Scroby Sands was the second offshore wind farm to be built in the UK and the third anywhere in the world
Wind turbines: the future of renewable energy or a blight on UK countryside?
24th February 2012
The wind farms debate rages on as the need for renewable energy grows. But is the UK in danger of putting aesthetics before the need to cut carbon emissions and adopt greener technologies?
Eerie, almost alien-like, inhabitants of otherwise natural landscapes, wind turbines have come to represent both positive change and unwelcome progress. As more farms crop up both onshore and offshore, a heated debate has arisen around the aesthetic impacts of these whirring giants, and the necessary move towards greener energy.
Set against a fiery sunset or cobalt sky, the starkness of their white physiques is difficult to ignore. For some they represent a move towards sustainable energy, and are beautiful because of that. For others they are scars on once pristine landscapes, certain to discourage tourism and ruin areas of outstanding natural beauty.
Donald Trump is halting construction of his luxury golf resort in Aberdeenshire due to a proposed offshore farm, and has publicly accused First Minister Alex Salmond of aiming to ‘destroy’ Scotland. And Trump is not alone. A myriad of anti-wind action groups have emerged throughout the UK.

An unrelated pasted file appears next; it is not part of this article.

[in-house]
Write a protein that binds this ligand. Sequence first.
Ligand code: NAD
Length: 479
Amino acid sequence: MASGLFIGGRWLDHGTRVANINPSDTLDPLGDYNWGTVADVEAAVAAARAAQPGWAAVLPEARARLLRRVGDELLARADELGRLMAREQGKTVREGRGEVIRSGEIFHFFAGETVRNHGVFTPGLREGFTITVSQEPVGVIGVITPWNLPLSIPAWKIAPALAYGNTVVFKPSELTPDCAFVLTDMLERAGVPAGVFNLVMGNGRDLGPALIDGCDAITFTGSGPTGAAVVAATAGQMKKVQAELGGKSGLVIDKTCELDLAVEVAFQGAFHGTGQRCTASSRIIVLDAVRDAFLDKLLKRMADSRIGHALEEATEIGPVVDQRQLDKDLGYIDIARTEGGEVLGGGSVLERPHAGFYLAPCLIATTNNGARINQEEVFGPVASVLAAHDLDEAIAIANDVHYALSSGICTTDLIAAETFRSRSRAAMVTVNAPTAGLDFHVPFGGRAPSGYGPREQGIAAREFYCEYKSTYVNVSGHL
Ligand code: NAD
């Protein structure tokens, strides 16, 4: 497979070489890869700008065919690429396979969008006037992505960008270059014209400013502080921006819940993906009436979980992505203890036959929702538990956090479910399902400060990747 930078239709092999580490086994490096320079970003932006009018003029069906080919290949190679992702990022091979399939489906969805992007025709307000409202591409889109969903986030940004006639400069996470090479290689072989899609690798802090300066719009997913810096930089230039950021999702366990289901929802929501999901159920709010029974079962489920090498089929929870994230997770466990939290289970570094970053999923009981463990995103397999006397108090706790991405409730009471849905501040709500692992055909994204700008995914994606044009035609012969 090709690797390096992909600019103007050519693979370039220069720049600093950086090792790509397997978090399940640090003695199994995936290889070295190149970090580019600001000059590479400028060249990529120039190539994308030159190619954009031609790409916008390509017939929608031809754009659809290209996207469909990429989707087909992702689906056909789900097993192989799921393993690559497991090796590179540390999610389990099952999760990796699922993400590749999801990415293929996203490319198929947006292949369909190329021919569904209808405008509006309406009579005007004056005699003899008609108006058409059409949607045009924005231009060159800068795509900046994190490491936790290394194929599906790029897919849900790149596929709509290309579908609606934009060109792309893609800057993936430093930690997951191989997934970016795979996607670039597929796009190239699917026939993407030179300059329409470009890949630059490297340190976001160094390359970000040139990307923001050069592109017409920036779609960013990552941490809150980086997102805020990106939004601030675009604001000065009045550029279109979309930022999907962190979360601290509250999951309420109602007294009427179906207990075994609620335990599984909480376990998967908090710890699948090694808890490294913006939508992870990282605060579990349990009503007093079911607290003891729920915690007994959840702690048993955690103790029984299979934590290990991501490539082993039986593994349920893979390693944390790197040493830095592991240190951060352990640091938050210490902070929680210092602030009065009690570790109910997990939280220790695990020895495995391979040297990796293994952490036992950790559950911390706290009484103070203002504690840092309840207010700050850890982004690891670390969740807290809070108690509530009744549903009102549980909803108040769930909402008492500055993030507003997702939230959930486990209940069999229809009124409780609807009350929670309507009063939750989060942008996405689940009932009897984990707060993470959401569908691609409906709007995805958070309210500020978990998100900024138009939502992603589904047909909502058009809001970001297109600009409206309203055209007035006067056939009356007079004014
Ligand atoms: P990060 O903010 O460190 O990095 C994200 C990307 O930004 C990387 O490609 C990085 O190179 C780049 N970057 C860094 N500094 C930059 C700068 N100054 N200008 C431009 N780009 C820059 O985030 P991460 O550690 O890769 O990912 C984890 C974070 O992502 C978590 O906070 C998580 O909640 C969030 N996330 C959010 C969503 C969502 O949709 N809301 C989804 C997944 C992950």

But research shows that most people aren’t turned off by propellers. ‘The vast majority (93-99 per cent) of tourists that had seen a wind farm in the local area suggested that the experience would not have any effect on their decision to return to that area, or to Scotland as a whole,’ according to a 2007 report conducted by Glasgow Caledonian University and commissioned by the Scottish Government.
According to Partnerships for Renewables, 68 per cent of those surveyed in 2003 on behalf of the Wales Tourist Board said, ‘that if the number of wind farms increased in Wales it would make no difference to the likelihood they would take holidays in the Welsh countryside.’
In 2011, 36 more wind farms were built in the UK, Wales and Northern Ireland, bringing the grand total to 326. And in January, RenewableUK announced the country’s wind sector has reached 6 gigawatts of installed capacity – enough to supply electricity to more than 3.3 million homes. But more needs to be done.